// Every adapter receives the info from plot.state, plus any additional request options calculated/added in the function `_buildRequestOptions`
        // The inputs to the function can be used to influence what query is constructed. Eg, since the current view region is stored in `plot.state`:
        const {chr, start, end} = request_options;
        // Fetch the region of interest from a hypothetical REST API that uses query parameters to define the region query, for a given study URL such as `data.example/gwas/<id>/?chr=_&start=_&end=_`
        return `${this._url}/${this.source}/?chr=${encodeURIComponent(chr)}&start=${encodeURIComponent(start)}&end${encodeURIComponent(end)}`
  _annotateRecords(records, options) {
      // Imagine that your API returns a payload that mostly works, but a few fields are a little different than what is expected.
      // Usually LocusZoom is pretty tolerant of changing field names- but because Association plots connect to so many extra annotations, certain magic features require a little extra attention to detail
      records.forEach((item) => {
          // LocusZoom connects assoc summstats to other datasets, by finding the most significant variant. To find that variant and ask for LD, it expects two special fields with very specific names, and sort of specific formats. If you already have these fields, great- if not, they can be manually added by custom code, even if no one will let you change the API server directly
          item.log_pvalue = -Math.log10(item.pValue);  // It's better if you send log_pvalue from the server directly, not calculate it on the front end (JS is subject to numerical underflow, and sending pValue to the browser may cause numerical underflow problems)
          item.variant = `${item.chrom}:${item.pos}_${item.ref}/${item.alt}`;
      return records;
// A custom adapter should be added to the registry before using it
LocusZoom.Adapters.add('CustomAssociation', CustomAssociation);

// From there, it can be used anywhere throughout LocusZoom, in the same way as any built-in adapter
data_sources.add('mystudy', ['CustomAssociation', {url: 'https://data.example/gwas', source: 42 }]);

In the above example, an HTTP GET request will be sent to the server every time that new data is requested. If further control is required (like sending a POST request with custom body), you may need to override additional methods such as fetchRequest. See below for more information, then consult the detailed developer documentation for details.

Common types of data retrieval that are most often customized:

What happens during a data request?

The adapter performs many functions related to data retrieval: constructing the query, caching to avoid unnecessary network traffic, and parsing the data into a transformed representation suitable for use in rendering.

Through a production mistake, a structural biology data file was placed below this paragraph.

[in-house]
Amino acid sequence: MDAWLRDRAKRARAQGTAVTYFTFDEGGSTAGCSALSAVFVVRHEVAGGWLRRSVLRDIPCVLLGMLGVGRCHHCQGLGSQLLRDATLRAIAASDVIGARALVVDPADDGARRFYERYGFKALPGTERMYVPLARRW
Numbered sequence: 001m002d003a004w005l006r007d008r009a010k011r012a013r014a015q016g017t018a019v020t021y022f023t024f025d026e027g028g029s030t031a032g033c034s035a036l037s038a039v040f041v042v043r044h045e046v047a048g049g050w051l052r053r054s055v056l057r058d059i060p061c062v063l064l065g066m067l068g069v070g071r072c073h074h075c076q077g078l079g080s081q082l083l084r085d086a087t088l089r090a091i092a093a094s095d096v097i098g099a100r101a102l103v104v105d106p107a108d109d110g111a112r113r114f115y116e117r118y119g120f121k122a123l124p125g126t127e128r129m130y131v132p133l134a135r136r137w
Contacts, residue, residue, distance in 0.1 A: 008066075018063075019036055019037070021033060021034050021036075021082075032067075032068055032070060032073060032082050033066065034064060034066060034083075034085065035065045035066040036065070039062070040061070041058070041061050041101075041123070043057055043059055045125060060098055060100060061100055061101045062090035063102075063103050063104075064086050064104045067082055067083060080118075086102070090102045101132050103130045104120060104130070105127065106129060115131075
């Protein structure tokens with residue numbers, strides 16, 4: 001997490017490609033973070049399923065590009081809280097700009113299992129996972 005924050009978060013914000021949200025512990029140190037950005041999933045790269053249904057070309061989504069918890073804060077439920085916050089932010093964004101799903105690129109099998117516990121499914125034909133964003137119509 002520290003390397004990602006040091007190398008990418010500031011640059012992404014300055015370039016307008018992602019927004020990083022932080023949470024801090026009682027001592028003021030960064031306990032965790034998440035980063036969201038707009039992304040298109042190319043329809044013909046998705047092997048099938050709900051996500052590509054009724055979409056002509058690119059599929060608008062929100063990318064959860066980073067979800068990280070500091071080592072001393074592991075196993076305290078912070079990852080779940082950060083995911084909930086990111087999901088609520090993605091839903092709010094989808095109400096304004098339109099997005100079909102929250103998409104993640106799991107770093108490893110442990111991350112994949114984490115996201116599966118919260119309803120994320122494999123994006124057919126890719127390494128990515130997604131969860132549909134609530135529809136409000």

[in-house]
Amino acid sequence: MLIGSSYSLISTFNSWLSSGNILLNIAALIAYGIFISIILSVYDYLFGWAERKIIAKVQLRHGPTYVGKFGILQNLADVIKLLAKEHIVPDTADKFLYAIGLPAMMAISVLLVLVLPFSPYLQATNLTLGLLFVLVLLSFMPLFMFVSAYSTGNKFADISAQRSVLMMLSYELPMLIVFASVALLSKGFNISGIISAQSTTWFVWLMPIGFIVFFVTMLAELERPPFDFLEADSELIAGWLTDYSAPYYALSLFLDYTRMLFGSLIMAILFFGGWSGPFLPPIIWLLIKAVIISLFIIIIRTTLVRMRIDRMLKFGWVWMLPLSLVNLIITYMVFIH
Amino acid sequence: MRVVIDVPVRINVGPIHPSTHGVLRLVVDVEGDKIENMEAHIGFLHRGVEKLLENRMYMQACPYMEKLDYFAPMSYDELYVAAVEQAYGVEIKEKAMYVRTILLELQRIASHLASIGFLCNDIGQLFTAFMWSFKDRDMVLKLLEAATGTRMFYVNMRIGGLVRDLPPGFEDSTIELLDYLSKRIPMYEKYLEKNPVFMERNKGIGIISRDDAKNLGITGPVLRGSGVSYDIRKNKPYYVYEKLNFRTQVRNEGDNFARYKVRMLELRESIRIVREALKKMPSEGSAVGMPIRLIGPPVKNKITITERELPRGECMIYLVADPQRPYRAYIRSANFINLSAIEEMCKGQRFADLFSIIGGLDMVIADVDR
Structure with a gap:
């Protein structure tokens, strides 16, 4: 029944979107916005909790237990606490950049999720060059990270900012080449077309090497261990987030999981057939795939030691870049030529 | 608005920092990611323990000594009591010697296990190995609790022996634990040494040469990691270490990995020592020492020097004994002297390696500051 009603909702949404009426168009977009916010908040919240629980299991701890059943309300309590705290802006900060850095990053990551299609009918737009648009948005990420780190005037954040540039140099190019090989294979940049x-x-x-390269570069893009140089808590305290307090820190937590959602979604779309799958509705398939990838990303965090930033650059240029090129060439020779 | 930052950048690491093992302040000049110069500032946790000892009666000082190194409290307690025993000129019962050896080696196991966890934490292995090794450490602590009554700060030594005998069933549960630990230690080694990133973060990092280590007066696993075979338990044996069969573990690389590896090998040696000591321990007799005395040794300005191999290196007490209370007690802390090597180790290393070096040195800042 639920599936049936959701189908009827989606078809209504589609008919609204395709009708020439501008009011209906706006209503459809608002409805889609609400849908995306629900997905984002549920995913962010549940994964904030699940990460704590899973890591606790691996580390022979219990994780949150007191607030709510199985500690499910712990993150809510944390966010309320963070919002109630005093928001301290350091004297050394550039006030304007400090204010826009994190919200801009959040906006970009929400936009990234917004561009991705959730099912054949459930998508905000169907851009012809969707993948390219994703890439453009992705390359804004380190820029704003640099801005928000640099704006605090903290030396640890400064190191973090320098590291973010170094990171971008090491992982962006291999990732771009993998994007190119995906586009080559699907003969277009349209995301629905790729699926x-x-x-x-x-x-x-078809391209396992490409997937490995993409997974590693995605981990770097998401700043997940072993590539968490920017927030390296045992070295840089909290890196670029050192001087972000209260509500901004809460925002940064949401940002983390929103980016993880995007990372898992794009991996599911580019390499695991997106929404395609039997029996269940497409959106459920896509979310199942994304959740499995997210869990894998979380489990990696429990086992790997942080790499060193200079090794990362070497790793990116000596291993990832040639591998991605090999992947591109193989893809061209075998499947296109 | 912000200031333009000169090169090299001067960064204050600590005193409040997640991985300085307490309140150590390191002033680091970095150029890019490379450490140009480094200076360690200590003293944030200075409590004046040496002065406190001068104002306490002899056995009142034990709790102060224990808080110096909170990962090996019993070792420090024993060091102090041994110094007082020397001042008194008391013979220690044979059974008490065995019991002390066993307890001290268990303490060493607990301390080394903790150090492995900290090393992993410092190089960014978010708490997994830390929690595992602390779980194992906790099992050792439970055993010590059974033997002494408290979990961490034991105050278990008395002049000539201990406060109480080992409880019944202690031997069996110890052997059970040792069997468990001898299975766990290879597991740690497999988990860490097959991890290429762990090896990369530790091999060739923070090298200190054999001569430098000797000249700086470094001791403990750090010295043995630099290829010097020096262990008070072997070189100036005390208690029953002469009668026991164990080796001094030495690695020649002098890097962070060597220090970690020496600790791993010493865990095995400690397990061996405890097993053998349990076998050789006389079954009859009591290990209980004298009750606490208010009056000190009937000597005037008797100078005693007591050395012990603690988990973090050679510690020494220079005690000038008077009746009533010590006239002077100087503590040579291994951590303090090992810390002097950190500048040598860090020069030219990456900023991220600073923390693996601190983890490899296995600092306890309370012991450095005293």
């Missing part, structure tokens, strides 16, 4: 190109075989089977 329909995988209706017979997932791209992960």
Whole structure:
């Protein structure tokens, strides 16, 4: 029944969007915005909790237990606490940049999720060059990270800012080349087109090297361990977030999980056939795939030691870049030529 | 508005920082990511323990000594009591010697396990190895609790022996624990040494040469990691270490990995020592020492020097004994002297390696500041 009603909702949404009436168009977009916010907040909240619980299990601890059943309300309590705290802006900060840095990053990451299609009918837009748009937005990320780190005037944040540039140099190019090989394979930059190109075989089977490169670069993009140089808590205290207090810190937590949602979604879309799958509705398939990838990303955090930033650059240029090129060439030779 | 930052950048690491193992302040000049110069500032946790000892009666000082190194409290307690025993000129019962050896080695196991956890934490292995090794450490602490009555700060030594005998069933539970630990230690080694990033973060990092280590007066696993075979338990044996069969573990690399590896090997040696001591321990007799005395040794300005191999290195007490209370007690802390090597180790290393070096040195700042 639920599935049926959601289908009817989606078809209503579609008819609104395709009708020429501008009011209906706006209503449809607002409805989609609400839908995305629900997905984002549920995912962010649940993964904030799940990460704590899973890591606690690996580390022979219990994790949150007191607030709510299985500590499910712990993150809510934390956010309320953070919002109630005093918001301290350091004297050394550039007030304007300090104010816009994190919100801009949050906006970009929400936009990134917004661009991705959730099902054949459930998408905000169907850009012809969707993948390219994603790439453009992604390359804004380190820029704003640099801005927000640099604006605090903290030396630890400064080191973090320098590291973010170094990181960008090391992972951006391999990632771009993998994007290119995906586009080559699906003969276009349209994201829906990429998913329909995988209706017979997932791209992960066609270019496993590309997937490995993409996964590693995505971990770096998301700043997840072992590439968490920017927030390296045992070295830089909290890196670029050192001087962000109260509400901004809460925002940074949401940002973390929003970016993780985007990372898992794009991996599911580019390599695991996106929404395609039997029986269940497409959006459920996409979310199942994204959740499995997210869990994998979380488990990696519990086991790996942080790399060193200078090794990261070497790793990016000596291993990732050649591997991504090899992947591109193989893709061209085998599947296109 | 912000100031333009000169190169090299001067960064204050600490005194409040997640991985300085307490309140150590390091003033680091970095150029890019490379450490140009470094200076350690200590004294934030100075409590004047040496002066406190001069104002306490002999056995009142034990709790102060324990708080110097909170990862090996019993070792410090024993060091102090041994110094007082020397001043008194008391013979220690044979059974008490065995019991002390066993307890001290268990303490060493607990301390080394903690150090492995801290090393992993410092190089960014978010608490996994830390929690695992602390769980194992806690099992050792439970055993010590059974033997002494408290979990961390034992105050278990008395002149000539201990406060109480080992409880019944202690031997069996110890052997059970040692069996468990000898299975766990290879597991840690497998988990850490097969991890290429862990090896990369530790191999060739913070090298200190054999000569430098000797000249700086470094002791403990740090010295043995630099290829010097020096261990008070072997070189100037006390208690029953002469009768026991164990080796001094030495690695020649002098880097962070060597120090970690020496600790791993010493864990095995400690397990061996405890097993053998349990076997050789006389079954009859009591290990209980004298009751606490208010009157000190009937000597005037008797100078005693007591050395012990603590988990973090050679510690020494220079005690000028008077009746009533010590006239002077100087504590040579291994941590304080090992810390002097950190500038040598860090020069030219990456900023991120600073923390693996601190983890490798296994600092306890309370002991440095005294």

Methods are provided to override all or part of the process, called in roughly the order below:

getData(plot_state, ...dependent_data)
    _buildRequestOptions(plot_state, ...dependent_data)
    // Parse JSON, convert columnar data to rows, etc
    _normalizeResponse(raw_response, options)
    // User-specified cleanup of the parsed response fields. Can be used for things like field renaming, record filtering, or adding new calculated fields on the fly
    _annotateRecords(records, options)
    // Usually not overridden: this method can be used to apply prefixes (assoc:id, catalog:id, etc) and to simplify down verbose responses to just a few `limit_fields` of interest
    _postProcessResponse(records, options)

The parameters passed to getData are as follows:

This function will return row-format data representing the response for just that request. It will use a cached response if feasible. By default, LocusZoom will apply certain transformation to the returned response so that it is easier to use with a data layer (see adapter documentation for details). All fields in the original response will be returned as given.

Step 1: Fetching data from a remote server and converting to records

The first step of the process is to retrieve the data from an external location. _buildRequestOptions can be used to store any parameters that customize the request, including information from plot.state. If the response is cached, the cache value will be returned; otherwise, a request will be initiated. Once the request is complete, the result will be parsed and cached for future use.

At the conclusion of this step, we typically have an array of records, one object per row of data. The field names and contents are very close to what was returned by the API.

Most custom data sources will focus on customizing two things:

Step 2: Transforming data into a form usable by LocusZoom

In a prior step, the records were normalized, but kept in a form that is usually close to what the API returned. In this step, records are modified for use in the plot:

See also